Date of Award


Document Type

Open Access Master's Thesis

Degree Name

Master of Science in Forest Molecular Genetics and Biotechnology (MS)

Administrative Home Department

College of Forest Resources and Environmental Science

Advisor 1

Carsten Kuelheim

Advisor 2

Kristin Brzeski

Committee Member 1

Yvette Dickinson


Mammal distribution and diversity is quickly changing as humans modify the landscape. In particular, silviculture, which is the practice of controlling the growth, structure, and quality of forests to meet the needs of society and the landowner, influences the habitat usage of mammals. Utilizing camera traps, I monitored shifts in mammal communities across different silviculture treatments in the northern hardwood forests of the Great Lakes region in North America. I assessed the community composition across six canopy treatments and three understory treatments with a total of 2,018 active camera trap nights with 3,321 detections over the course of 147 days. For canopy treatments, high canopy cover shelterwood had the largest positive influence of mammal detection while clearcut showed a negative influence of mammal detection. For understory treatments, artificial tip-up and scarification had higher mammal detection compared to control. Within areas with a history of disturbance it may be beneficial to the mammal communities to include small disturbances, such as those created by silviculture treatments, as local species are likely disturbance-adapted.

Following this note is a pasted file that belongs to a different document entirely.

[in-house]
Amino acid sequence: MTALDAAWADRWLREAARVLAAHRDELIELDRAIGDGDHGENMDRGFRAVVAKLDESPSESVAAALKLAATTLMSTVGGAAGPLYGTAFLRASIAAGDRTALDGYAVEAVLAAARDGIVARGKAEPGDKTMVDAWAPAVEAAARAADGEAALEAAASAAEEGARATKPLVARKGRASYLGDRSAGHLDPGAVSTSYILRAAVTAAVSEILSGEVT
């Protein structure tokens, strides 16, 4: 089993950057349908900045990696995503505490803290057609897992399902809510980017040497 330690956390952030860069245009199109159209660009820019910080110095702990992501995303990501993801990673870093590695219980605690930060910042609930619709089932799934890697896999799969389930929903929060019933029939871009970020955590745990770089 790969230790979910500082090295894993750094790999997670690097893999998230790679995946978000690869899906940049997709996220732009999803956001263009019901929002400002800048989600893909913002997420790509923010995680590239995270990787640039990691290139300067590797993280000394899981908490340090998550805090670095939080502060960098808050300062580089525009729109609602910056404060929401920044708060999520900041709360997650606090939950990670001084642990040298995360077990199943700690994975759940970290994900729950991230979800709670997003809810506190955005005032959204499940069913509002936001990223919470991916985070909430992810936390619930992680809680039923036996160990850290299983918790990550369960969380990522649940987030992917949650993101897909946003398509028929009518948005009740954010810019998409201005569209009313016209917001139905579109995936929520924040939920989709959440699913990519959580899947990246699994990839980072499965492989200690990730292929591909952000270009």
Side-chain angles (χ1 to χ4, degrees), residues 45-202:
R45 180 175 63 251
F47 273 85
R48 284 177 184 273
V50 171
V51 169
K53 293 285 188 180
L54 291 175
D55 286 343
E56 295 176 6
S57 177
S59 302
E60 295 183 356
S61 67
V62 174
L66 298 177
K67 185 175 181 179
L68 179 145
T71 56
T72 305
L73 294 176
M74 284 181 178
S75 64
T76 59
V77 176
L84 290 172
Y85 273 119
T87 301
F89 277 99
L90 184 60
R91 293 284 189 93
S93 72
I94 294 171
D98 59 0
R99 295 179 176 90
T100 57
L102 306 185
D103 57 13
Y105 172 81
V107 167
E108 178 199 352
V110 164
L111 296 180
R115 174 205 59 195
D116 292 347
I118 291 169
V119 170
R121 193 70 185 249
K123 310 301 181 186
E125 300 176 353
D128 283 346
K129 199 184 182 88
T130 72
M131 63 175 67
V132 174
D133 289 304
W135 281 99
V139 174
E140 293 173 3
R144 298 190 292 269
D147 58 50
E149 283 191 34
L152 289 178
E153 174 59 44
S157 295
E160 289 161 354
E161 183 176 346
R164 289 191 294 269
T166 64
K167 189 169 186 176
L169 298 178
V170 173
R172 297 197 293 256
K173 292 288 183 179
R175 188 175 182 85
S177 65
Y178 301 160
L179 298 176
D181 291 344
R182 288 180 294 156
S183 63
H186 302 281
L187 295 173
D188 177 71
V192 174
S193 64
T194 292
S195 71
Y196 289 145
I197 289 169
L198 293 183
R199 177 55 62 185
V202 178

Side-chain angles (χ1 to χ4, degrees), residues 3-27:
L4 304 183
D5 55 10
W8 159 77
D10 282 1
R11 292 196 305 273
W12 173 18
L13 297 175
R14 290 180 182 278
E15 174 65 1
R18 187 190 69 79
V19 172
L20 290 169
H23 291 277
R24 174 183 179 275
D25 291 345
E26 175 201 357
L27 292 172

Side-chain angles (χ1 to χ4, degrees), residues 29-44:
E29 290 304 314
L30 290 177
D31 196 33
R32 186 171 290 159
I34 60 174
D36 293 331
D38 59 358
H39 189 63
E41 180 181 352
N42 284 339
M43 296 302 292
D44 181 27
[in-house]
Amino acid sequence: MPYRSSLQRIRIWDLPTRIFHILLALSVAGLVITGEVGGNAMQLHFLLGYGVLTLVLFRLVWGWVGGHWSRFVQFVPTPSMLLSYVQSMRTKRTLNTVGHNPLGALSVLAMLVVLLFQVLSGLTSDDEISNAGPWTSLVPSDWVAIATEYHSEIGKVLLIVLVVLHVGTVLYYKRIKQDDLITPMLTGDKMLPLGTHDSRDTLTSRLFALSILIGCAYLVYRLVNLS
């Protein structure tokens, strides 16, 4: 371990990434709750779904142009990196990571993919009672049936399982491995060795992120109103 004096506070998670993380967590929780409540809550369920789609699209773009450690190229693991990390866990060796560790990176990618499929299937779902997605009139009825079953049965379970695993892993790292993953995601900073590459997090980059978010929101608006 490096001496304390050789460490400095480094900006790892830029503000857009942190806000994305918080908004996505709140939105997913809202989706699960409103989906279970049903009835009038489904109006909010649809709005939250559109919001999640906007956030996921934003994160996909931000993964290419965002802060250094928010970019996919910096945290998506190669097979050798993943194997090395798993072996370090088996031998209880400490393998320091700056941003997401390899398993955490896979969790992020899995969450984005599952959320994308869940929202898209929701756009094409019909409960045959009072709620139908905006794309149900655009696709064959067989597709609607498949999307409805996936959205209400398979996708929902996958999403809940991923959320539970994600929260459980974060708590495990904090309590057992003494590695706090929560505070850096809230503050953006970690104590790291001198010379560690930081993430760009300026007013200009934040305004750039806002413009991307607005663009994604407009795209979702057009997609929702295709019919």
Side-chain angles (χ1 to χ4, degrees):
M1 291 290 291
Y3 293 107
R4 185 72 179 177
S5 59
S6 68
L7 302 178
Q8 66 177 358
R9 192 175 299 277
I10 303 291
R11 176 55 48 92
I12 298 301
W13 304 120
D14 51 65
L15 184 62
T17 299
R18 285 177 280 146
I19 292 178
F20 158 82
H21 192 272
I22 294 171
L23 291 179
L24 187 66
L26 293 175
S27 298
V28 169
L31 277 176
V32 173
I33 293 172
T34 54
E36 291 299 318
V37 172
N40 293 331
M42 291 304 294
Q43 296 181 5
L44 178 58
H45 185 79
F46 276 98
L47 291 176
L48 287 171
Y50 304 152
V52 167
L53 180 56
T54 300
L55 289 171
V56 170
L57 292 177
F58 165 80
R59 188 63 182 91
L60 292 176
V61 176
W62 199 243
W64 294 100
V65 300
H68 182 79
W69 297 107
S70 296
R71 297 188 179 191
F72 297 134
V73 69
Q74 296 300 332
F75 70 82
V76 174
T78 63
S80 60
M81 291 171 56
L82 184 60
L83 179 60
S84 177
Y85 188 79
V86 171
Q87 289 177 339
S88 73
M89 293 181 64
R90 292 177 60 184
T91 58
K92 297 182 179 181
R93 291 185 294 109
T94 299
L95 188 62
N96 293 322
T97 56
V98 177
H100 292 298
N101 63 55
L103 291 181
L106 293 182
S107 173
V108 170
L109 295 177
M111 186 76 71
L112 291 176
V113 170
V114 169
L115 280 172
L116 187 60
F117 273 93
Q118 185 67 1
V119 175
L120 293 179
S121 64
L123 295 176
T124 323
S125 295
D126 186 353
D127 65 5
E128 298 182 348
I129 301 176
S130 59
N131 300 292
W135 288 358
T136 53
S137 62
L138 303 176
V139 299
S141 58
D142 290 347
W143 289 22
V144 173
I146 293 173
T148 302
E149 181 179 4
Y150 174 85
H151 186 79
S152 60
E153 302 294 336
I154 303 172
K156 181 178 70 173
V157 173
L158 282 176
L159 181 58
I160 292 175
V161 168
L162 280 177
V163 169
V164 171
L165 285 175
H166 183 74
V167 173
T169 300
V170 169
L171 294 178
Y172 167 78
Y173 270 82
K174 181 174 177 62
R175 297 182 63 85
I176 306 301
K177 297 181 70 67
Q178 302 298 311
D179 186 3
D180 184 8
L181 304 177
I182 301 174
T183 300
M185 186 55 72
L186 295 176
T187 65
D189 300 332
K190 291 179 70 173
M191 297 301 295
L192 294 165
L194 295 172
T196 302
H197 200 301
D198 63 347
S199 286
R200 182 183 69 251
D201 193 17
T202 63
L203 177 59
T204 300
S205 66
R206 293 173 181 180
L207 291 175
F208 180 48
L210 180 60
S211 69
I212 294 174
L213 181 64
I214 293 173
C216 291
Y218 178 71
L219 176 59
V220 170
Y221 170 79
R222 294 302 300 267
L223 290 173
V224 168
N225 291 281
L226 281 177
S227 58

Camera traps alone may miss part of the mammal community. To monitor a full community, other techniques need to be considered, such as invertebrate derived DNA (iDNA). iDNA, is emerging as a novel tool which utilizes genomic technologies to monitor and assess mammal communities. Some invertebrates ingest their host’s DNA as they feed, which then allows researchers to extract the host’s DNA and sequence it. By doing so, the researchers can then create a more complete image of mammal community compositions. This technique has been widely used in tropical zones to monitor mammal community compositions; however, it can be adapted to be used in temperate zones by utilizing ticks and mosquitoes. To adapt this technique, one must understand the environmental influences on invertebrate collection. I investigated the environmental influences on mosquito collection success by running linear regression models. Through running the linear regression models, I found that the canopy cover and time of the month had the largest influence on the collection of female mosquitoes, while tick collection was possibly influenced by the harshness of the winter before.